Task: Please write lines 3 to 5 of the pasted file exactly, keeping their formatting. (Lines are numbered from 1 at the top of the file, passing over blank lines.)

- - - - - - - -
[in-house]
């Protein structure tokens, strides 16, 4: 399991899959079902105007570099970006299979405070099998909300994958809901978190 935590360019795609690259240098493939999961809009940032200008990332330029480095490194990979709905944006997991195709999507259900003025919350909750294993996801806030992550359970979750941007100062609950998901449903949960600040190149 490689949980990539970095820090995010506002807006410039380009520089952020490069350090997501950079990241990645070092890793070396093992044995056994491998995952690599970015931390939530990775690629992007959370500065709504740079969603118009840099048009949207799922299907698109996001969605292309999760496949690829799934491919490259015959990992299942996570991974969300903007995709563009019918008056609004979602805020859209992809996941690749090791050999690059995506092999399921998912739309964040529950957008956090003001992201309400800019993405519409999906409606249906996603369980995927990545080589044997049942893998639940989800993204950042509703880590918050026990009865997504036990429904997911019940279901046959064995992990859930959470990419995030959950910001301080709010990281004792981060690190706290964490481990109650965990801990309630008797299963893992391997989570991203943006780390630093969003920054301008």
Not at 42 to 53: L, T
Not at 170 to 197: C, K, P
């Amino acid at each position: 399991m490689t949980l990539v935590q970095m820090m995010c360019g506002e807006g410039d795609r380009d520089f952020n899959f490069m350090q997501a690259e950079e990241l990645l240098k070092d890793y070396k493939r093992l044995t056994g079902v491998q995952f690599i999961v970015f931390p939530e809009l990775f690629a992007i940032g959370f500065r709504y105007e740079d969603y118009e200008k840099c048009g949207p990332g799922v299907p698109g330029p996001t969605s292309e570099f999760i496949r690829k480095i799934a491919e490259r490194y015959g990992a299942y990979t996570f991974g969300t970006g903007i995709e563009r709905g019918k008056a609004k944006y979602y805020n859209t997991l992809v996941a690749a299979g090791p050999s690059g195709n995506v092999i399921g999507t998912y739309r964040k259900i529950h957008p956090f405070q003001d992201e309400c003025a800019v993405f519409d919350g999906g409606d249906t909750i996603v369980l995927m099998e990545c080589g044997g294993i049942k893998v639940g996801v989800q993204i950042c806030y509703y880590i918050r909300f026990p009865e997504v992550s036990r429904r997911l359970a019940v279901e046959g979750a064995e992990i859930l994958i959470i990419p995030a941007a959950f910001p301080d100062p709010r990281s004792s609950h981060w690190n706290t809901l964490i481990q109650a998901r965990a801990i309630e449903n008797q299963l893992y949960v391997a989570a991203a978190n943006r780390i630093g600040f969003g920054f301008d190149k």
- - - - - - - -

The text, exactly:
Not at 42 to 53: L, T
Not at 170 to 197: C, K, P
């Amino acid at each position: 399991m490689t949980l990539v935590q970095m820090m995010c360019g506002e807006g410039d795609r380009d520089f952020n899959f490069m350090q997501a690259e950079e990241l990645l240098k070092d890793y070396k493939r093992l044995t056994g079902v491998q995952f690599i999961v970015f931390p939530e809009l990775f690629a992007i940032g959370f500065r709504y105007e740079d969603y118009e200008k840099c048009g949207p990332g799922v299907p698109g330029p996001t969605s292309e570099f999760i496949r690829k480095i799934a491919e490259r490194y015959g990992a299942y990979t996570f991974g969300t970006g903007i995709e563009r709905g019918k008056a609004k944006y979602y805020n859209t997991l992809v996941a690749a299979g090791p050999s690059g195709n995506v092999i399921g999507t998912y739309r964040k259900i529950h957008p956090f405070q003001d992201e309400c003025a800019v993405f519409d919350g999906g409606d249906t909750i996603v369980l995927m099998e990545c080589g044997g294993i049942k893998v639940g996801v989800q993204i950042c806030y509703y880590i918050r909300f026990p009865e997504v992550s036990r429904r997911l359970a019940v279901e046959g979750a064995e992990i859930l994958i959470i990419p995030a941007a959950f910001p301080d100062p709010r990281s004792s609950h981060w690190n706290t809901l964490i481990q109650a998901r965990a801990i309630e449903n008797q299963l893992y949960v391997a989570a991203a978190n943006r780390i630093g600040f969003g920054f301008d190149k």